Gladwell attempts to add strong merit to “thin sliced” decisions. Translated to laymen terms, the author intends to add tremendous credibility to people’s gut instinct. He provides numerous examples where people’s instincts successfully outperformed well-researched analysis. I had mixed opinions on his examples. His suggestion that too much information during war didn’t sit right with me, but I did think his market analysis with Pepsi and chairs was spot on.

Yet about halfway through the book he flipped the script talking about how incredible amount of data overflow frin people’s faces is critical to “mind reading.” This flies against the message of the first half of the book that told people not to read too much data, but trust your gut instinct.

Again, once I stopped taking it too seriously, I thought this book was interesting and thought-provoking.

Since this is one of several mental books I’ve been reading lately (The Whole Brain Child, The King Within and Strong Fathers, Strong Daughters) I did buy into tapping into your subconscious for answers, and conducted a small experiment on myself. Granted this wasn’t very scientific, but I had a friend ask me a bunch of questions, some important, some not so important. I tried to essentially be “mindless” and give answers that just popped into my head, while trying to maintain eye contact and be present, essentially numbing my right brain (emphasis on not scientific). This was also kind of inspired by this youtube video on split brains.

This took place in October and when I listened to my answers more recently in January I was surprised with the results. It wasn’t conclusively prophetic, but I did nail a copy answers that proved to be true. I asked myself a couple deeper personal questions, so my answers wouldn’t mean anything to readers, but my subconscious did predicted that Donald Trump would be president. My “full brain” would have bet 10:1 odds that he would not have been elected, so that surprised me.

Anyway, in conclusion, the book is interesting, but not life altering. Give it a read if you’re looking for something thought provoking or if you want to talk smrt with people at parties.

Whole Brain Child is a Worthwhile Read On Tips For Developing Kids’ Brains

The Whole Brain Child by Daniel J. Siegel and Tina Payne Bryson was a very worthwhile read on brain functionality. It’s geared towards parents dealing with kids, but there’s equally valuable information on how to deal with other adults. The book combs through lots of examples of how to stimulate children’s brain development which I definitely intend to incorporate into my parenting regime.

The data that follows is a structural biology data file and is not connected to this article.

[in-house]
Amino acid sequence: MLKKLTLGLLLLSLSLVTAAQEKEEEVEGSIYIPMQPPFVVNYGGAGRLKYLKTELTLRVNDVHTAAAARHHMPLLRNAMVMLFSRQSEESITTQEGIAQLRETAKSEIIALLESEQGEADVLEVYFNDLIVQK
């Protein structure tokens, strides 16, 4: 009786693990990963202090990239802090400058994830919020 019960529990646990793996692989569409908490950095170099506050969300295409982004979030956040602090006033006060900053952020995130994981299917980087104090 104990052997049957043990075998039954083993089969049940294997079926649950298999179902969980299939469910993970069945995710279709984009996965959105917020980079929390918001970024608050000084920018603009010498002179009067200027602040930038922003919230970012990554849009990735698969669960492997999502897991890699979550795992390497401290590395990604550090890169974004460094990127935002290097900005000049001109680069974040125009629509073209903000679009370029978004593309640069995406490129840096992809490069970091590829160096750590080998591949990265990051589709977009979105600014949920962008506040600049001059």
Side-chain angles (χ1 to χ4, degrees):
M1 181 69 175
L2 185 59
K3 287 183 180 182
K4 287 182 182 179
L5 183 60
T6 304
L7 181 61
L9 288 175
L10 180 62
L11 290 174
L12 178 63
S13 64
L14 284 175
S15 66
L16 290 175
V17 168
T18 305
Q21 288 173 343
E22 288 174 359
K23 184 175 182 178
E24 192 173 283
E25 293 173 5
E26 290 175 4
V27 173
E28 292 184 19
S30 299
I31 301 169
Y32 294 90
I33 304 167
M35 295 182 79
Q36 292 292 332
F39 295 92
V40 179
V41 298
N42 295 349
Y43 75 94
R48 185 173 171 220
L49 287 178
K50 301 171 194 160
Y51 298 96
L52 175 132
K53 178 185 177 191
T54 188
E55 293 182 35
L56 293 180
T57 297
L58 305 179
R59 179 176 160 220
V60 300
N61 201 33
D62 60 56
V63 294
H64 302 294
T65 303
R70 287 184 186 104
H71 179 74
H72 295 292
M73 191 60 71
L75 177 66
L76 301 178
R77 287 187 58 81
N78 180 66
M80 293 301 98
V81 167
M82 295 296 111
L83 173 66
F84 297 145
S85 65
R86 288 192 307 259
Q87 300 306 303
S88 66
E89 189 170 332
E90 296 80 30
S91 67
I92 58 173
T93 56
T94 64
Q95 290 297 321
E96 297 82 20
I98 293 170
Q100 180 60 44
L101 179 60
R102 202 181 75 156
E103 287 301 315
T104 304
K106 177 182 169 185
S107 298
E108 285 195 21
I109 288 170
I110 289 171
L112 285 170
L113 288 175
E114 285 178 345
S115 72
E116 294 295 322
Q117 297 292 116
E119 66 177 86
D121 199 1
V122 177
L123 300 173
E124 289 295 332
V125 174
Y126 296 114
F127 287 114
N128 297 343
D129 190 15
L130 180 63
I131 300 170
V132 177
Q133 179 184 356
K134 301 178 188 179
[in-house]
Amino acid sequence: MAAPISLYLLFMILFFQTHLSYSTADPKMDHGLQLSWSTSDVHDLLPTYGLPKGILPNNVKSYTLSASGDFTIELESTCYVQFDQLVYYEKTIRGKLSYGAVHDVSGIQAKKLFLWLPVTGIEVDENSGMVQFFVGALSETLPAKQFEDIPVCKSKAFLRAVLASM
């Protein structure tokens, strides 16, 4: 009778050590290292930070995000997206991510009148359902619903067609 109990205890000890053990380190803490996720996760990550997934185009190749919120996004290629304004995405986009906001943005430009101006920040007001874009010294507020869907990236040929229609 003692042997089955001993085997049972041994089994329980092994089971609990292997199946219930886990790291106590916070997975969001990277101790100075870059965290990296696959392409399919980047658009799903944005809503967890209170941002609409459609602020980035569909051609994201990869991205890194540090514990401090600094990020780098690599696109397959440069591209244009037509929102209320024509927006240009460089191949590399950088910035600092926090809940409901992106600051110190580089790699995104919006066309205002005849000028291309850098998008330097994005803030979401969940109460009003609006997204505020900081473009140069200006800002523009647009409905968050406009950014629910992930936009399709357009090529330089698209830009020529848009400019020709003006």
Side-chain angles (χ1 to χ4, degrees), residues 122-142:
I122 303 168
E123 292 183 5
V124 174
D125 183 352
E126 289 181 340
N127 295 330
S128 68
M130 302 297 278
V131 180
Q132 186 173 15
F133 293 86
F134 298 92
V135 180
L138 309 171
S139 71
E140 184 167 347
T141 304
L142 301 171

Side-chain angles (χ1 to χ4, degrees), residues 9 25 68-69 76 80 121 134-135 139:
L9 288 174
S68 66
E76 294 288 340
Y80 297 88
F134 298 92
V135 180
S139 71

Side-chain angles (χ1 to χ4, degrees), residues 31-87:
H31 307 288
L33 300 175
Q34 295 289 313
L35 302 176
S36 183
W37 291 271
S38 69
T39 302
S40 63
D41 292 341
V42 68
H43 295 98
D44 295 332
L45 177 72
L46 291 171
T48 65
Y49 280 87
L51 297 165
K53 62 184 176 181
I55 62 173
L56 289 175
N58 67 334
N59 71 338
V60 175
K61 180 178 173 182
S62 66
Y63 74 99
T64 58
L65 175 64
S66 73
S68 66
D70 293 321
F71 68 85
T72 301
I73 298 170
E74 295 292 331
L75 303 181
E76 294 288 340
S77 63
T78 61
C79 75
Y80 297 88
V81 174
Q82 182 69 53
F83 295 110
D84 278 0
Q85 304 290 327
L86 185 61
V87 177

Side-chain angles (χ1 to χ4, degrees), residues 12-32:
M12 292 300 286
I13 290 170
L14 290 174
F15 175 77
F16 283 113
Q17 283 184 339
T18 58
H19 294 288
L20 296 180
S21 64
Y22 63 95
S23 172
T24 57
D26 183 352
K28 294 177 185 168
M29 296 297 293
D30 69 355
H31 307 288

One example is how kids can get stuck where only their amygdala is controlling their brain functionality due to stressful situations. To get people out of this thought process, you have to appeal to the right (emotional) brain first, then talk to the left (logical) brain.

I actually used the book’s techniques with an adult customer who was having a frustrating experience. This gal was very smart, one of the smartest I’ve worked with, and had just complained that Excel crashed (the software I consult for works as an add-in for Excel). She was pretty emotionally angry, slamming down her pen, and saying, “it’s locked up and going to crash.”

I went and took a look, and I noticed she had at least 20 workbooks open, many with over a dozen tabs and exceeding 5 megabytes in size. Given her machine, this was a colossal amount of memory to be using, and it was not at all surprising that her machine crashed. She was smart enough to know this, but her right brain anger was chocking off her logical thought process.

Had I tried to speak directly with her left brain bu saying something like, “You have way too many files open, silly!” I’m pretty sure she would have gotten more defensive and angry. Instead, I tried to talk with her right brain, so I hit some keys on her keyboard too, expressed frustration, told a small story where I also got upset losing some work and just echoed empathy for her frustrating experience.

Predictably, she calmed down, and eventually her left brain began to function again and she said, “you know, it probably didn’t help that I had 20 workbooks open….” Magic!

My only complaint was that this book was that it could have been condensed. Like many books, it seemed like it was flushed out to be longer just in effort to sell. I also didn’t enjoy this book as an audiobook. Even though it was performed enjoyably by the authors, the book referenced charts and graphs to a point where it became a little annoying to listen to.

Red Rising An Enjoyable Sci-Fi War Book

For people who are enamored with sci-fi, killing, and war tactics, you’ll enjoy Red Rising. To my surprise, I am such a person as I blitzed through the second half in about 2 days.

I almost abandoned the book about about 20% into it. I wasn’t that connected to the main character and author Pierce Brown had just written a ridiculous line implying how capitalism caused the universe to go bad (Side note: this was completely unnecessary for the plot, and the author, like many authors had an  uncontrollable urge to drop scornful views on free markets even though it has nothing to do with the story). Online reviews convinced me to push forward. Fortunately the author didn’t make any future economic oppressive suggestions, and it picked up into an enjoyable story.

The author devises some unpredictable strategies and ways to unravel some difficult situations. I still never really felt that strong of a connection to the main character, but the story was dark and engaging.